Talk:Debbugs

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Neal Stephenson[edit]

As far as I know, Debian is the only Linux distribution that has its own constitution (http://www.debian.org/devel/constitution), but what really sold me on it was its phenomenal bug database (http://www.debian.org/Bugs), which is a sort of interactive Doomsday Book of error, fallibility, and redemption. It is simplicity itself. When had a problem with Debian in early January of 1997, I sent in a message describing the problem to submit@bugs.debian.org. My problem was promptly assigned a bug report number (#6518) and a severity level (the available choices being critical, grave, important, normal, fixed, and wishlist) and forwarded to mailing lists where Debian people hang out. Within twenty-four hours I had received five e-mails telling me how to fix the problem: two from North America, two from Europe, and one from Australia. All of these e-mails gave me the same suggestion, which worked, and made my problem go away. But at the same time, a transcript of this exchange was posted to Debian's bug database, so that if other users had the same problem later, they would be able to search through and find the solution without having to enter a new, redundant bug report.....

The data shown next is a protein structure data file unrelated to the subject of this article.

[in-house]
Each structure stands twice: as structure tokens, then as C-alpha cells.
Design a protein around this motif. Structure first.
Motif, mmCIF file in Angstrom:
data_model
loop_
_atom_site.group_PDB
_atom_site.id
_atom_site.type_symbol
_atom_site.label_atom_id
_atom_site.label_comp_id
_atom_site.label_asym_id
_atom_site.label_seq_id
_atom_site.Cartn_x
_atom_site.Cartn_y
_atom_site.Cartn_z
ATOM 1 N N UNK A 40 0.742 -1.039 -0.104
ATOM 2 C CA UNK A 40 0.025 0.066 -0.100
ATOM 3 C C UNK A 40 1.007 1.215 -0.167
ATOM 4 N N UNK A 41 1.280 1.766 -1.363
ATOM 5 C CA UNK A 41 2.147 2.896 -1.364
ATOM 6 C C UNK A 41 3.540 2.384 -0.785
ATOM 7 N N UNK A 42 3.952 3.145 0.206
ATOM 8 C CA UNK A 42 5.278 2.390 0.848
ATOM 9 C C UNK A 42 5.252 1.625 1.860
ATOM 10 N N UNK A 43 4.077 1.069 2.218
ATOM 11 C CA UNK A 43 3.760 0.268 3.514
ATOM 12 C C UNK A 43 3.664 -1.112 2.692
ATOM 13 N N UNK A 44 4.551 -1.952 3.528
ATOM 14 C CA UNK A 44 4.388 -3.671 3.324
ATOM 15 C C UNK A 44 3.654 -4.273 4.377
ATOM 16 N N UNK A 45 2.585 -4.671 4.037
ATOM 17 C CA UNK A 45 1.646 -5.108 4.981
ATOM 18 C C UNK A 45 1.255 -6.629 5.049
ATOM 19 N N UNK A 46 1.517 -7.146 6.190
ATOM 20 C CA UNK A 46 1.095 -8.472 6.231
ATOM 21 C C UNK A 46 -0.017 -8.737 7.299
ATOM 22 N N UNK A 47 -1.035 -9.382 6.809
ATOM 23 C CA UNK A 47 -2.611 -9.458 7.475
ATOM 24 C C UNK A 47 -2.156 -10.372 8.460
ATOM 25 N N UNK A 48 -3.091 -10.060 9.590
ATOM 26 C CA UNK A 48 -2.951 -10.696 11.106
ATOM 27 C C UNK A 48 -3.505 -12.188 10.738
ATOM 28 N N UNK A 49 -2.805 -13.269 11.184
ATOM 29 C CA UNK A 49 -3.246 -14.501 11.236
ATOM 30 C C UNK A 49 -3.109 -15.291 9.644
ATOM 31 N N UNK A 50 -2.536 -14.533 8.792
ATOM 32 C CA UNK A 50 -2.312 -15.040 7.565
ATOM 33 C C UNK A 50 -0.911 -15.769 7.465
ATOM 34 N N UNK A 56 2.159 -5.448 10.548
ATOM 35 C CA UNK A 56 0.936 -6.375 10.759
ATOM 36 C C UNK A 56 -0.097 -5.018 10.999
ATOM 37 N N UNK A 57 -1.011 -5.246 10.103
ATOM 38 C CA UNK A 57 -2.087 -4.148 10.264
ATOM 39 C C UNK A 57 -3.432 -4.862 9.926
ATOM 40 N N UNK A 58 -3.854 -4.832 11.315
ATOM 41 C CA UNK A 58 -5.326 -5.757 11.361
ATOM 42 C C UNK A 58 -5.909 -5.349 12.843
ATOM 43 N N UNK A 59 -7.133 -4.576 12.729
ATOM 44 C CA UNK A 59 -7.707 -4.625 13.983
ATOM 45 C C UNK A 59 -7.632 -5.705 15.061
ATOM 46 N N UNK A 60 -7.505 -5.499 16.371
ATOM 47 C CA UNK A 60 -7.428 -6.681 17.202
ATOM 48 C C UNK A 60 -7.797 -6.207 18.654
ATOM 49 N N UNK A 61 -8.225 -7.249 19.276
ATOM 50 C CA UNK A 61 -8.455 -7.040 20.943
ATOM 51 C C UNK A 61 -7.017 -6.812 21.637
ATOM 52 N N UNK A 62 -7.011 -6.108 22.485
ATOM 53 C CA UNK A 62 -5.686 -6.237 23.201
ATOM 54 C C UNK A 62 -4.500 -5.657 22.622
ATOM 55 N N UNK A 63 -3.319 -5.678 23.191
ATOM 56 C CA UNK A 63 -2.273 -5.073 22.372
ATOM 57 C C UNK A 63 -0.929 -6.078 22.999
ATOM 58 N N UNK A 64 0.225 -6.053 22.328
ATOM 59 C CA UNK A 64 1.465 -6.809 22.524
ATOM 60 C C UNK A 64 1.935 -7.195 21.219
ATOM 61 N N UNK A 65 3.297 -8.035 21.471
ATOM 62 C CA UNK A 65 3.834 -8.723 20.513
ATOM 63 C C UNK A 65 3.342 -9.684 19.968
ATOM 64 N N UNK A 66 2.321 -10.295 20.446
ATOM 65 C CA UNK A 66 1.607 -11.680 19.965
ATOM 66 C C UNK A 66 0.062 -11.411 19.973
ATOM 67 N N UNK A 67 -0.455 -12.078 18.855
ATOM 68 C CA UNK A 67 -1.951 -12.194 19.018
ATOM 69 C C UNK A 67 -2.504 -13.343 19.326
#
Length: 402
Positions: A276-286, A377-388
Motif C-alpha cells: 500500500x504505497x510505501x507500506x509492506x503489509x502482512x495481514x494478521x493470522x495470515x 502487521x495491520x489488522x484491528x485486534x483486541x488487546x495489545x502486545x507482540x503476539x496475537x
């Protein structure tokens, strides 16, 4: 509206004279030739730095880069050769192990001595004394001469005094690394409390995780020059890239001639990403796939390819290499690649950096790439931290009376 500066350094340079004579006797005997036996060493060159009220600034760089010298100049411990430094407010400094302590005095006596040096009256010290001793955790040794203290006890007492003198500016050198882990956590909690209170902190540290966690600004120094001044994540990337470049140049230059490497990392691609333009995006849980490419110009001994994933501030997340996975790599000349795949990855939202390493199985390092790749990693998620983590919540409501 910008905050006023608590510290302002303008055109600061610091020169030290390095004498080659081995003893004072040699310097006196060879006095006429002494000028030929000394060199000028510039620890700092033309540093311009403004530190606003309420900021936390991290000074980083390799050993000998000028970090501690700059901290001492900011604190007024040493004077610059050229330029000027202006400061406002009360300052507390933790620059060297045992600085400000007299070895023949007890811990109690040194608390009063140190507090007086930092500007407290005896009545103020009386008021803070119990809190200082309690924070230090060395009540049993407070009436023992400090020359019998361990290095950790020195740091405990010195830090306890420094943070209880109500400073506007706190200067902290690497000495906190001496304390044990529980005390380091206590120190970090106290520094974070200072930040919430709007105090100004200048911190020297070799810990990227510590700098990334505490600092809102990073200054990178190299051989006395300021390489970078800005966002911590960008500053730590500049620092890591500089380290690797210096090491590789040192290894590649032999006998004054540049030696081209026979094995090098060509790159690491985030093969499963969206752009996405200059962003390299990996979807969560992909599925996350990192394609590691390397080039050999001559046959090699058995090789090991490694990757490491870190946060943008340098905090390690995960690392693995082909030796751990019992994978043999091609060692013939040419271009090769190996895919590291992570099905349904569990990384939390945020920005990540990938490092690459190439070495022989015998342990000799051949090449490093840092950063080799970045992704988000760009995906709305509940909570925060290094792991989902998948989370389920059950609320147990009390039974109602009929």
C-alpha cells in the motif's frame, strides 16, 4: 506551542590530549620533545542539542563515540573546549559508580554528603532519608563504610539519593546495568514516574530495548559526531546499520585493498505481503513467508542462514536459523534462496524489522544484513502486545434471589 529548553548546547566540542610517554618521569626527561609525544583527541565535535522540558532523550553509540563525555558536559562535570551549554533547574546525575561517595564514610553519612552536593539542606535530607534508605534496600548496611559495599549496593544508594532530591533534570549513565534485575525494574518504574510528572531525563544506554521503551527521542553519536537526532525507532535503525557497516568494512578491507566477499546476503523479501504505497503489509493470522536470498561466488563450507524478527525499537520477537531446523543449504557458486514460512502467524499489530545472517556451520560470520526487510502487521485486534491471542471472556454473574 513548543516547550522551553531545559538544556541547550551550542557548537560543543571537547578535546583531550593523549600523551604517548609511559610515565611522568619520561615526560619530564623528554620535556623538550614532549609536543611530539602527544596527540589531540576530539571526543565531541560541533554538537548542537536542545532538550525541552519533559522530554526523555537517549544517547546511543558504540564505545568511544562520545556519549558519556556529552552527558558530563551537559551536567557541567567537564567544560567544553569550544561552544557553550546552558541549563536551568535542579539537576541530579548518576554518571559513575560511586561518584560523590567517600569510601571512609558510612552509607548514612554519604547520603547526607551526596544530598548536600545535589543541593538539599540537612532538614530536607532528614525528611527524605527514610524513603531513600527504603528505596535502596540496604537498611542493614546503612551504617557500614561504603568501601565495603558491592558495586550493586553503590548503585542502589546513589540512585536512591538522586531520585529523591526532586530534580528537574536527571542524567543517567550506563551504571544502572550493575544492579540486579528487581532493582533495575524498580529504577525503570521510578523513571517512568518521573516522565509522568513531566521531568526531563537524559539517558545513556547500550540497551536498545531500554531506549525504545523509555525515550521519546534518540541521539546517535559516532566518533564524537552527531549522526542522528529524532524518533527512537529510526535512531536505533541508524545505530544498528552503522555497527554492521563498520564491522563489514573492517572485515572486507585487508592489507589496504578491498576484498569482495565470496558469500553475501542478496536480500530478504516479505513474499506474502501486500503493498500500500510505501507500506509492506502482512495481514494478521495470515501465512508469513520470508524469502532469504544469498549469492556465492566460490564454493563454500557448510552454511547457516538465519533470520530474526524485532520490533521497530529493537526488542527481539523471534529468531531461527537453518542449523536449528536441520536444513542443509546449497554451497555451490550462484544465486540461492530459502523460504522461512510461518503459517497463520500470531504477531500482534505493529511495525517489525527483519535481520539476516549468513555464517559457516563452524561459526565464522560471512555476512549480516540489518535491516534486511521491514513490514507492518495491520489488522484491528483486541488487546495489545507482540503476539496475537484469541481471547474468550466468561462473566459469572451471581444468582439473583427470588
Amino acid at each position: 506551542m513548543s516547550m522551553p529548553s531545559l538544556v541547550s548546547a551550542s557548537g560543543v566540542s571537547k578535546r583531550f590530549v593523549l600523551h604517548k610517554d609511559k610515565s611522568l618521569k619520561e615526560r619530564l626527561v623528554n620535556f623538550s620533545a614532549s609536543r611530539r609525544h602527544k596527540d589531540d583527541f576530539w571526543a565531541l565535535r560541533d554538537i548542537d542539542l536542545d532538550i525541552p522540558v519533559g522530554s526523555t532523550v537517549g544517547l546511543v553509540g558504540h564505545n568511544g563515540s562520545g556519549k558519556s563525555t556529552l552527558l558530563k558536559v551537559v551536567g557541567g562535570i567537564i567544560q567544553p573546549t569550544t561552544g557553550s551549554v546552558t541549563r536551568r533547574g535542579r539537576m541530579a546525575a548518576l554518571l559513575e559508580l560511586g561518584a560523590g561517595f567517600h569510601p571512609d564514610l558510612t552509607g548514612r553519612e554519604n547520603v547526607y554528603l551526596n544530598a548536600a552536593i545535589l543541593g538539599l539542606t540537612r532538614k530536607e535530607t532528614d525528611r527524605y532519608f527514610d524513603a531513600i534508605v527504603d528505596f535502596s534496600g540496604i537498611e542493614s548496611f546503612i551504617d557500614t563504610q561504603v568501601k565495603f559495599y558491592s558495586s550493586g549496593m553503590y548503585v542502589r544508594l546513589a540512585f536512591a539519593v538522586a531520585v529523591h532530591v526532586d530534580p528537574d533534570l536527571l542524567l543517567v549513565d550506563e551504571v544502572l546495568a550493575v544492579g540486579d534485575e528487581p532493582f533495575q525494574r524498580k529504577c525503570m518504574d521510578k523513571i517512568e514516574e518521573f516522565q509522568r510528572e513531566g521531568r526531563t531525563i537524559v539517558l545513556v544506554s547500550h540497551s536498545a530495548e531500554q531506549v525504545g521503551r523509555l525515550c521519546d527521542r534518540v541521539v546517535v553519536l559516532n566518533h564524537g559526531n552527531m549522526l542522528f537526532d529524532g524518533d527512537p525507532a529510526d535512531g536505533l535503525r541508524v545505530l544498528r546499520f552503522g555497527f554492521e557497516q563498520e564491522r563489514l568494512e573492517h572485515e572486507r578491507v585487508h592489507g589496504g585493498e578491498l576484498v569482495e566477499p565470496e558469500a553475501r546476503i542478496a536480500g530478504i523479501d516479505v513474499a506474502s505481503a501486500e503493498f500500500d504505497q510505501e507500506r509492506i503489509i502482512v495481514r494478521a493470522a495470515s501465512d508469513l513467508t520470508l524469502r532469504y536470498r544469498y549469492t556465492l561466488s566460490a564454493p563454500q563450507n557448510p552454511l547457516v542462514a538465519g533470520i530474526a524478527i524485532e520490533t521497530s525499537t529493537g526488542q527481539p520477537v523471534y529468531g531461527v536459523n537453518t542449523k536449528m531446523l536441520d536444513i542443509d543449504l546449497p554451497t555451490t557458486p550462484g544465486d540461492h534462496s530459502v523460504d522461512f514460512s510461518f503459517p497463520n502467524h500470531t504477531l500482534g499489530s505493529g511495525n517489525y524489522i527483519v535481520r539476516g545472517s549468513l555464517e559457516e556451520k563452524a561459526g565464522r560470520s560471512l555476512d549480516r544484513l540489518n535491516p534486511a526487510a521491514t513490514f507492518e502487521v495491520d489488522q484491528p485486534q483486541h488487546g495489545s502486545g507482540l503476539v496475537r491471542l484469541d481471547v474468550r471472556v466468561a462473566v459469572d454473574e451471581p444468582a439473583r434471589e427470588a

So I gave up and still, to this day, have never gotten Windows NT installed on that particular machine. For me, the path of least resistance was simply to use Debian Linux.

In the world of open source software, bug reports are useful information. Making them public is a service to other users, and improves the OS. Making them public systematically is so important that highly intelligent people voluntarily put time and money into running bug databases. In the commercial OS world, however, reporting a bug is a privilege that you have to pay lots of money for. But if you pay for it, it follows that the bug report must be kept confidential--otherwise anyone could get the benefit of your ninety-five bucks! And yet nothing prevents NT users from setting up their own public bug database.[1]

From In the Beginning...was the Command Line. I'm none too sure how to integrate this into the article. --Gwern (contribs) 22:54 16 March 2008 (GMT)